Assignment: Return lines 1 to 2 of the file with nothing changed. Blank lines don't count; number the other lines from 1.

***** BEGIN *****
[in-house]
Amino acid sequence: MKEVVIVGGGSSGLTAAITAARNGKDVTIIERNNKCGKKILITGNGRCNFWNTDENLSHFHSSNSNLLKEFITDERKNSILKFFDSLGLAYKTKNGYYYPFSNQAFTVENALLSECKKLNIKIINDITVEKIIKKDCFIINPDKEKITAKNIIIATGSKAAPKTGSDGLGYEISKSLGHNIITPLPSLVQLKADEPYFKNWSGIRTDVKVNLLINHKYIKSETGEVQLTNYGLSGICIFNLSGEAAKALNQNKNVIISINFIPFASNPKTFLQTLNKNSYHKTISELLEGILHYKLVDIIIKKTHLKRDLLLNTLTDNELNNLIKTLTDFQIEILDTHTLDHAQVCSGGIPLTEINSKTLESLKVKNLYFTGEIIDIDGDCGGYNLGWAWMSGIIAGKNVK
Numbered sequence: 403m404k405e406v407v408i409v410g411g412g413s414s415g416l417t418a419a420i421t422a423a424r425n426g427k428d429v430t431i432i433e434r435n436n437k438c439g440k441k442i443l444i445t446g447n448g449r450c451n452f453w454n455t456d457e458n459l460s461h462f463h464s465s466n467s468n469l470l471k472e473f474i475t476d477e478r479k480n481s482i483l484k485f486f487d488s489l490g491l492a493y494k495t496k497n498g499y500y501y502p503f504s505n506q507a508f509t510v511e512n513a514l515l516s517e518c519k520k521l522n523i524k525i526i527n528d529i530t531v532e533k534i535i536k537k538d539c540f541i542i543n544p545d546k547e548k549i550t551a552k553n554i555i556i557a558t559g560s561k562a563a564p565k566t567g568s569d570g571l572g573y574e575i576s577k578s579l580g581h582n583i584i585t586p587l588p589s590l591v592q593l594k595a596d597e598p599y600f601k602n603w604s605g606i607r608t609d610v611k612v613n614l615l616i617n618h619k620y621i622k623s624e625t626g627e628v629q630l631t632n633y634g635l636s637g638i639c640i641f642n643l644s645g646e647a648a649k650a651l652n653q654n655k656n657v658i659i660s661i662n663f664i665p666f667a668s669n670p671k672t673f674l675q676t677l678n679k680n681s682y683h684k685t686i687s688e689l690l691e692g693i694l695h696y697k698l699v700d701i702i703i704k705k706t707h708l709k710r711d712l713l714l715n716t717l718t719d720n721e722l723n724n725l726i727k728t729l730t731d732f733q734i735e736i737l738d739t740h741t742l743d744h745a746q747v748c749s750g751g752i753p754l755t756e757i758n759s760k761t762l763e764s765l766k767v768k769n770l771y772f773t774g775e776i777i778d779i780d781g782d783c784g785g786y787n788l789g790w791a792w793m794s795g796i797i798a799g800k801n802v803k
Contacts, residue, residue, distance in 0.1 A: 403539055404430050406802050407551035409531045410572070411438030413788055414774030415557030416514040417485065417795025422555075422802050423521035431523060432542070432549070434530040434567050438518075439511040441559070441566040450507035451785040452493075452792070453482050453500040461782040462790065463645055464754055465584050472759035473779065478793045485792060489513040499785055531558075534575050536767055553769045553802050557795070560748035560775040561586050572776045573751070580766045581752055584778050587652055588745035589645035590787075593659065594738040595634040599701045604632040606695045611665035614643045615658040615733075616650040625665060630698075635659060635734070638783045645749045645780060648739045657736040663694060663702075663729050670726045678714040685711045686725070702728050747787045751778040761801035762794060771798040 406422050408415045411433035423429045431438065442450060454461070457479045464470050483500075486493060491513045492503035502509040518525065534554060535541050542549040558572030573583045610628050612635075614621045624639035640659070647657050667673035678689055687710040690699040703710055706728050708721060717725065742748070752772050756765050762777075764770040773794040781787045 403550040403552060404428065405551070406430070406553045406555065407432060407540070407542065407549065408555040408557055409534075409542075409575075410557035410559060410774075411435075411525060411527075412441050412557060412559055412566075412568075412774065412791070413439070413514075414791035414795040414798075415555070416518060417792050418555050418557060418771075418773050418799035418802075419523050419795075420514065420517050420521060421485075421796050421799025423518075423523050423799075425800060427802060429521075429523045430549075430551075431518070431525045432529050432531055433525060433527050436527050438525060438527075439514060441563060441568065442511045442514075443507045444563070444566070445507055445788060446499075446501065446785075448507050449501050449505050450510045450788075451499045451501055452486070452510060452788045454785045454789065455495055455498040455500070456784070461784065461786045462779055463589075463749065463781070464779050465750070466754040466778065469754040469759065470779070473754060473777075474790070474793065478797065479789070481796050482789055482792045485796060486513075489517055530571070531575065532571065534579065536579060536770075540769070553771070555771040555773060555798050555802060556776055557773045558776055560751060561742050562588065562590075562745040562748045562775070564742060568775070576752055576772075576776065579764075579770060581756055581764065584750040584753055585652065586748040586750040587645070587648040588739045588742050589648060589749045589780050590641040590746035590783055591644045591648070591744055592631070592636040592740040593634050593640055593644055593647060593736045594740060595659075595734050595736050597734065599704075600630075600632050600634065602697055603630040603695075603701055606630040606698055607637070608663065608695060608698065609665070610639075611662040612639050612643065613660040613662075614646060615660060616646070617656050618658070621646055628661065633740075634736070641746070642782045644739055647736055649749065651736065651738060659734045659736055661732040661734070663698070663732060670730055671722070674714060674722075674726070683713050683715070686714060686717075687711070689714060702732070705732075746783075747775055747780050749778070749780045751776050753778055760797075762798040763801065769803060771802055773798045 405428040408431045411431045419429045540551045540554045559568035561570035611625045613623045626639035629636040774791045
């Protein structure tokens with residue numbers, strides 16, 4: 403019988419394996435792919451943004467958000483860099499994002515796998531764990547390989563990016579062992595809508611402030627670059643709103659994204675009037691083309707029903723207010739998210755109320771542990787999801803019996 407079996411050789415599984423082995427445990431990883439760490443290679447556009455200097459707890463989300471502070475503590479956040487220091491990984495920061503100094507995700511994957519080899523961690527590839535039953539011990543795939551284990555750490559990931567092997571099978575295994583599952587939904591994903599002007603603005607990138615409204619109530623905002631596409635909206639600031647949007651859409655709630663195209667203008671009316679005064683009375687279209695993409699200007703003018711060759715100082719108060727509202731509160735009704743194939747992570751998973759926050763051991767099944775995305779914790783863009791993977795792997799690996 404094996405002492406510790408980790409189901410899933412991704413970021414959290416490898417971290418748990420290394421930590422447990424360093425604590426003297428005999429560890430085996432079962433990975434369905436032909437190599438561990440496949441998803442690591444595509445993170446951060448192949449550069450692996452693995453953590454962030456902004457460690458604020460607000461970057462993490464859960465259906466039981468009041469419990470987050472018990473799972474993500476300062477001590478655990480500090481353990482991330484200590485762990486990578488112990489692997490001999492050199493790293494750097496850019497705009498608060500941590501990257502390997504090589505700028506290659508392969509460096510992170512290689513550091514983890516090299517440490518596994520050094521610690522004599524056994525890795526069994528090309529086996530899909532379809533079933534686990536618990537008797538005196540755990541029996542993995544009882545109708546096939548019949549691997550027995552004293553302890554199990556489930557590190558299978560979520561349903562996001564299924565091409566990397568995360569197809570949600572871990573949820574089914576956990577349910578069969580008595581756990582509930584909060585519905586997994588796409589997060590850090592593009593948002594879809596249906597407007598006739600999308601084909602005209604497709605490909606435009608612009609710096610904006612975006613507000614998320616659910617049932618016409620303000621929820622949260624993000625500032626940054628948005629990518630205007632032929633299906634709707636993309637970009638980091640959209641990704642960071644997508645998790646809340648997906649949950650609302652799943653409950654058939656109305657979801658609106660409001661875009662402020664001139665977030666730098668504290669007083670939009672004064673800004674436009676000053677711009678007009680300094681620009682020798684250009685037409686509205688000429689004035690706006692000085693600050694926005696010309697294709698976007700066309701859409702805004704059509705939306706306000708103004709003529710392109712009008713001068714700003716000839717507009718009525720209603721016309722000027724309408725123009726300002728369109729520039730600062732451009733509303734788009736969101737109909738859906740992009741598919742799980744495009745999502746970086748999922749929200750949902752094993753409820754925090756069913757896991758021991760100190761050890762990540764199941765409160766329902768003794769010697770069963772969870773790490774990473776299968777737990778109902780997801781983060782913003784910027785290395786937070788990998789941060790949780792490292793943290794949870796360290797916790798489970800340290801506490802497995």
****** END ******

[in-house]
Amino acid sequence: MKEVVIVGGGSSGLTAAITAARNGKDVTIIERNNKCGKKILITGNGRCNFWNTDENLSHFHSSNSNLLKEFITDERKNSILKFFDSLGLAYKTKNGYYYPFSNQAFTVENALLSECKKLNIKIINDITVEKIIKKDCFIINPDKEKITAKNIIIATGSKAAPKTGSDGLGYEISKSLGHNIITPLPSLVQLKADEPYFKNWSGIRTDVKVNLLINHKYIKSETGEVQLTNYGLSGICIFNLSGEAAKALNQNKNVIISINFIPFASNPKTFLQTLNKNSYHKTISELLEGILHYKLVDIIIKKTHLKRDLLLNTLTDNELNNLIKTLTDFQIEILDTHTLDHAQVCSGGIPLTEINSKTLESLKVKNLYFTGEIIDIDGDCGGYNLGWAWMSGIIAGKNVK